“Simple.” Merriam-Webster.com Dictionary, Merriam-Webster, www.merriam-webster.com/dictionary/mere. Retrieved 14 January 2022. Subscribe to America`s largest dictionary and get thousands of other definitions and advanced searches – ad-free! See the full definition of mere in the English Language Learners Dictionary. Upright, honest, just, conscientious, conscientious, honorable means having or showing strict respect for what is morally right. The law implies strict respect for moral principles. A strict and sincere minister honestly emphasizes the observance of virtues such as truthfulness, openness or fairness. Known for being honest in business relationships, only emphasizes conscious choice and regular practice of what is right or right. Workers who receive just compensation, conscientiously and conscientiously, imply an active moral sense that determines all prudent actions and efforts to follow one`s conscience. conscientious in the exercise of his duties conscientious in the execution of the conditions of honorable will proposes firm adherence to codes of conduct and conduct of a high sense of honor and duty. A difficult but honourable decision. These sample phrases are automatically selected from various online information sources to reflect the current use of the word “exclusively”. The views expressed in the examples do not represent the views of Merriam-Webster or its editors. Send us your feedback.
Middle English, Anglo-French and Latin; Anglo-French just, from Latin justus, from jus right, law; Similar to the well-being of Sanskrit yo From fun and familiar to strange and obscure, with Merriam-Webster you learn something new every day before the 12th century, in the sense defined in sense 2. Middle English, Old English – more to Marine Join Merriam-Webster`s editors as they challenge supposed grammar rules, uncover the surprising origins behind words, answer common questions, and generally talk about the language`s beautiful nightmare. How to use a word that (literally) has something pe. Can you beat the previous winners of National Spelli?. The placement of a single sentence has been a source of diligent commentary since the 18th century, most of which should argue that the dominant standard usage is wrong. After 200 years of preaching, the following observations can be made: the position of only in standard spoken English is not fixed, as ambiguity is avoided by the stress placed on the sentence; In casual prose, which remains close only to the rhythms of the language, it is often placed where it would be in the language; And in edited and more formal prose, it is usually placed only immediately before the word(s) it alters. Take America`s most trusted dictionary with you wherever you go. Middle English, from Latin merus; similar to the Old English Ämerisch for cleaning and perhaps to the Greek Marmairein for fizzing – more in the morning. Fair, just, just, impartial, impartial, impartial, impartial, impartial, objective means free of favor towards one or the other party. Fair implies an appropriate balance of conflicting interests. A just decision involves only strict adherence to a standard of what is just and appropriate.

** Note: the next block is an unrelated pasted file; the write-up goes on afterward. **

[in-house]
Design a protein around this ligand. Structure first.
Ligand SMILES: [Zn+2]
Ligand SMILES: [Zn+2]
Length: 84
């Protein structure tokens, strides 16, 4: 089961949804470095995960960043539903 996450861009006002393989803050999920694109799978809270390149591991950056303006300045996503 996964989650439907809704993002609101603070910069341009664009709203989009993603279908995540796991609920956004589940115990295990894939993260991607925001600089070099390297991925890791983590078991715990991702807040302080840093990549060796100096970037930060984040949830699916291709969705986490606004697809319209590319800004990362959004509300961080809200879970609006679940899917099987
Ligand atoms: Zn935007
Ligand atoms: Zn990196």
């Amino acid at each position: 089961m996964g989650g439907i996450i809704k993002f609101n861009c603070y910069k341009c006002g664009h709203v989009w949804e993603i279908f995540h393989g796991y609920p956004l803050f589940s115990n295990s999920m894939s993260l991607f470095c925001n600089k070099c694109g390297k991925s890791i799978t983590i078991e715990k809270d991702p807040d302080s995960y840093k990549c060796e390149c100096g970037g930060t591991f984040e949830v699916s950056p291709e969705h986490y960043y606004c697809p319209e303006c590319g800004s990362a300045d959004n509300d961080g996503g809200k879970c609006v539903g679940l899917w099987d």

A fair settlement of land claims involves a lower standard than fairness and generally suggests equal treatment of all parties involved. The equitable distribution of property emphasizes impartially the absence of favouritism or prejudice. An impartial, impartial third party implies even more the absence of any prejudice. Their unbiased and unbiased opinion suggests freedom from the influence of strong feelings and often involves cold or even cold judgment. An unbiased summary of the facts objectively emphasizes the tendency to view events or people separately from oneself and one`s own interests or feelings. I can`t be objective about my own child Sherlock Holmes` language is as fascinating as the stories. Middle English, Old English mÇ£re; similar to the border of the Old Norse Landamæri. Find words from the year you were born. and beyond! No other dictionary achieves M-W`s precision and erudition in defining the meaning of words. Our help with pronunciation, synonyms, usage and grammar tips set standards.
Go beyond dictionary searches with Word of the Day, language facts and observations, reference trends, and puns from Merriam-Webster dictionary editors. An old-fashioned rule that we can no longer stand. Britannica English: Translation of Arabic speakers only. English -mother, from Greek meros part â more under Entry of winnings 1 See if you can recognize the insults of the Complime.